Cosco Busan operator admits forging papers, will pay $10 million fine

The Hong Kong company that managed the operation of Cosco Busan has agreed to pay a $10 million criminal penalty after admitting responsibility in the 2007 oil-spill disaster in San Francisco Bay.

Fleet Management Ltd. pleaded guilty to negligently causing ecological damage under terms of the Oil Pollution Act of 1990. The company pleaded guilty to felony obstruction of justice and making false statements after shoreside supervisors instructed the ship’s crew to forge documents during the investigation.

The plea agreement was reached in August. Environmental projects in San Francisco Bay will receive $2 million out of the total penalty, the Justice Department said.

“Fleet failed to meet its obligation under international law to ensure the crew was adequately trained on navigation procedures and equipment,†said Joseph Russoniello, U.S. Attorney for the Northern District of California. “Vessel operators cannot abdicate their responsibilities to ensure safety and environmental protection without suffering serious consequences.â€

About 58,000 gallons of fuel spilled into the bay after Cosco Busan went off course in thick fog and struck the San Francisco-Oakland Bay Bridge. The San Francisco bar pilot aboard the 901-foot containership has been sentenced to 10 months in federal prison for his role in the accident and spill.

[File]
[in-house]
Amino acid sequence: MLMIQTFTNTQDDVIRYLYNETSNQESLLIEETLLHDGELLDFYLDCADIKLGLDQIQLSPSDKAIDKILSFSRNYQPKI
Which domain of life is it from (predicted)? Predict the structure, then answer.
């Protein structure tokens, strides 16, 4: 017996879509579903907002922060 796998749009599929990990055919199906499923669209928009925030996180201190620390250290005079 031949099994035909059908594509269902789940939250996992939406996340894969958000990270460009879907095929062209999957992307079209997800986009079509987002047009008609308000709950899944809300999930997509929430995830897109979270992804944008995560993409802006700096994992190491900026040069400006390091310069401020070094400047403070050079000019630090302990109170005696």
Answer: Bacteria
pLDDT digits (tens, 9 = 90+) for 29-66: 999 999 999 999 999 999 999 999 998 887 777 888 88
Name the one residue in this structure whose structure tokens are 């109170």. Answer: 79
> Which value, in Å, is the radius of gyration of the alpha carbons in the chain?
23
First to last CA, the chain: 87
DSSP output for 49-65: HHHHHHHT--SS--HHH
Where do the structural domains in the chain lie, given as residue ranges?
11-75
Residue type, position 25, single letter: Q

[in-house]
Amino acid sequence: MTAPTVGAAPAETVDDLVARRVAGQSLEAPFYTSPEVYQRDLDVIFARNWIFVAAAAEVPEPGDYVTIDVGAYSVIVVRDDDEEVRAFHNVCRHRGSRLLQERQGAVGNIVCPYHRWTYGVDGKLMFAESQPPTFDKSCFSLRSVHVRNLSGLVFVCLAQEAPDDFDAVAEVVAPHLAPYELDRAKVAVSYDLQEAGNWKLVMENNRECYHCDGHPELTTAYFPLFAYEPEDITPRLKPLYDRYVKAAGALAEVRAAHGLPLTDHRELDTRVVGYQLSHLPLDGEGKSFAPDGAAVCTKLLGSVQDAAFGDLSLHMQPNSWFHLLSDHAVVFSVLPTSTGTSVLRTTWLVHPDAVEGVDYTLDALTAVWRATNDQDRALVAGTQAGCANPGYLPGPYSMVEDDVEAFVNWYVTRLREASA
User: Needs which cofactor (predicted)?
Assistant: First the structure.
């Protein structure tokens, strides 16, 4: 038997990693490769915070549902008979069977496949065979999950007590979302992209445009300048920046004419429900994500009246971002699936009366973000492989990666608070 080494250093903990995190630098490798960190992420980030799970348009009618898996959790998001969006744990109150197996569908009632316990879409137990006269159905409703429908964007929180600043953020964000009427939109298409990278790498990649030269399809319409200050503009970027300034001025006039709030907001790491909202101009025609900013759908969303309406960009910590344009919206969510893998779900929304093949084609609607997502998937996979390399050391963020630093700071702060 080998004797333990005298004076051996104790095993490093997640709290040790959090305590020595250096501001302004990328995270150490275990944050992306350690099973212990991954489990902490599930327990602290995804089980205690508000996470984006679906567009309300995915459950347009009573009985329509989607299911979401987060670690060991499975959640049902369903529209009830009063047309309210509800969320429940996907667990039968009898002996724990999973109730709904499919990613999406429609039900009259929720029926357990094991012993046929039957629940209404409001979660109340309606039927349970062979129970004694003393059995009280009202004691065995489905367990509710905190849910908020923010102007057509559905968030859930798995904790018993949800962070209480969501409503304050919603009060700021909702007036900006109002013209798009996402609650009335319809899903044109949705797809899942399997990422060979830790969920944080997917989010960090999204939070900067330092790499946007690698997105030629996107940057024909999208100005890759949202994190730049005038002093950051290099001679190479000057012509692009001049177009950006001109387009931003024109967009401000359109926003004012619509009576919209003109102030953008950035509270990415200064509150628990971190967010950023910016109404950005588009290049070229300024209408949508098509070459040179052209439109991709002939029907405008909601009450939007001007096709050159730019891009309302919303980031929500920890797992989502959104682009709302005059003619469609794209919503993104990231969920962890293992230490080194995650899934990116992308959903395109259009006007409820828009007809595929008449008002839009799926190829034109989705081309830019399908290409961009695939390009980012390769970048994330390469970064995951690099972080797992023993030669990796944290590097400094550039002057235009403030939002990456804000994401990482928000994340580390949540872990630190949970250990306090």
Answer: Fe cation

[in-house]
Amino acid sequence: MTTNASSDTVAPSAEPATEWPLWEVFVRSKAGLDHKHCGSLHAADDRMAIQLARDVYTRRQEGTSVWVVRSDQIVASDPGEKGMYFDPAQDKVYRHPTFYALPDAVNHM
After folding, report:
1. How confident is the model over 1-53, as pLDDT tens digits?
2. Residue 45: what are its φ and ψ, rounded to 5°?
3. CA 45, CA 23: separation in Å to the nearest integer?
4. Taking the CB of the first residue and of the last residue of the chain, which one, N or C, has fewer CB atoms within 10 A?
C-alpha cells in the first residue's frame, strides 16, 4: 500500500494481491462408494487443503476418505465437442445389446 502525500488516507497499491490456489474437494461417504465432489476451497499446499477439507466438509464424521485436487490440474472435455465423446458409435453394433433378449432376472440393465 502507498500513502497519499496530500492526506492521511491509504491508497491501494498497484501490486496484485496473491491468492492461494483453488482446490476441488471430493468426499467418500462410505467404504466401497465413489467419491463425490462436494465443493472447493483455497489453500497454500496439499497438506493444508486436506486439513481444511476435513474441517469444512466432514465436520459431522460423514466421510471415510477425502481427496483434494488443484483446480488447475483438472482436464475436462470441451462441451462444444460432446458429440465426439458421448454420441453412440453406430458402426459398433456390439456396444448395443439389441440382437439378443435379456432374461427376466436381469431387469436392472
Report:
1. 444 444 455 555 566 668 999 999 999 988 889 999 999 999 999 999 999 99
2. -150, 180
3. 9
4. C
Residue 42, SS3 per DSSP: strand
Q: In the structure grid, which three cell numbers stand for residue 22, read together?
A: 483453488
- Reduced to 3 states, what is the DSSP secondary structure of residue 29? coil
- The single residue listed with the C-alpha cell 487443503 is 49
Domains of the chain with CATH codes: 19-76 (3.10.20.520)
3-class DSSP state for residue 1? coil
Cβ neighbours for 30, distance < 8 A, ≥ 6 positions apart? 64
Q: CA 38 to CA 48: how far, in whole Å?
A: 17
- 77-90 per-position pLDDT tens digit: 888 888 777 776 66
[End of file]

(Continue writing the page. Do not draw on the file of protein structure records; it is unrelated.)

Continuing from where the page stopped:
With its guilty plea, Fleet Management signed a document admitting that Cosco Busan’s crew was not adequately familiar with navigation equipment. There was no berth-to-berth passage plan and no proper master-pilot exchange. The crew didn’t fully use the radar and electronic charts and didn’t take fixes — and then lied about it.

“Fleet engaged in criminal conduct when shore-based supervisors directed the fabrication of false and forged documents to deceive investigators and hide its own culpability,†said John Cruden, acting assistant attorney general in the Justice Department’s Environmental and Natural Resources Division.

“In particular, a false berth-to-berth passage plan for the day of the crash was created after the incident at the direction of shore-side supervisors … with the knowledge of the ship’s master,†the Justice Department said in a statement. “Additionally, a ship officer falsified the ship’s official navigational chart to show fixes that were not actually recorded during the voyage. Other records including false passage checklists were also created after the fact.â€

Witnesses earlier testified that the Chinese crew had recently joined Cosco Busan and were on their first voyage with the vessel.

Fleet Management has promised to adopt a comprehensive plan to heighten training and voyage planning for ships trading in the United States. It will instruct masters in the right way to command vessels and provide classroom and shipboard navigation training for bridge officers. Fleet Management vessels sailing to the United States must create a voyage plan for navigating in each port.

Vikas Grewal, a recently appointed marine superintendent at Fleet Management, said the company declined comment on the case to Professional Mariner because further U.S. court activity is expected. The plea agreement, for example, was subject to approval by a District Court judge. Civil cases also are pending.

The pilot was originally supposed to begin his prison term in September, but he underwent foot surgery and the court delayed the sentence until a month later.

Dom Yanchunas

By Professional Mariner Staff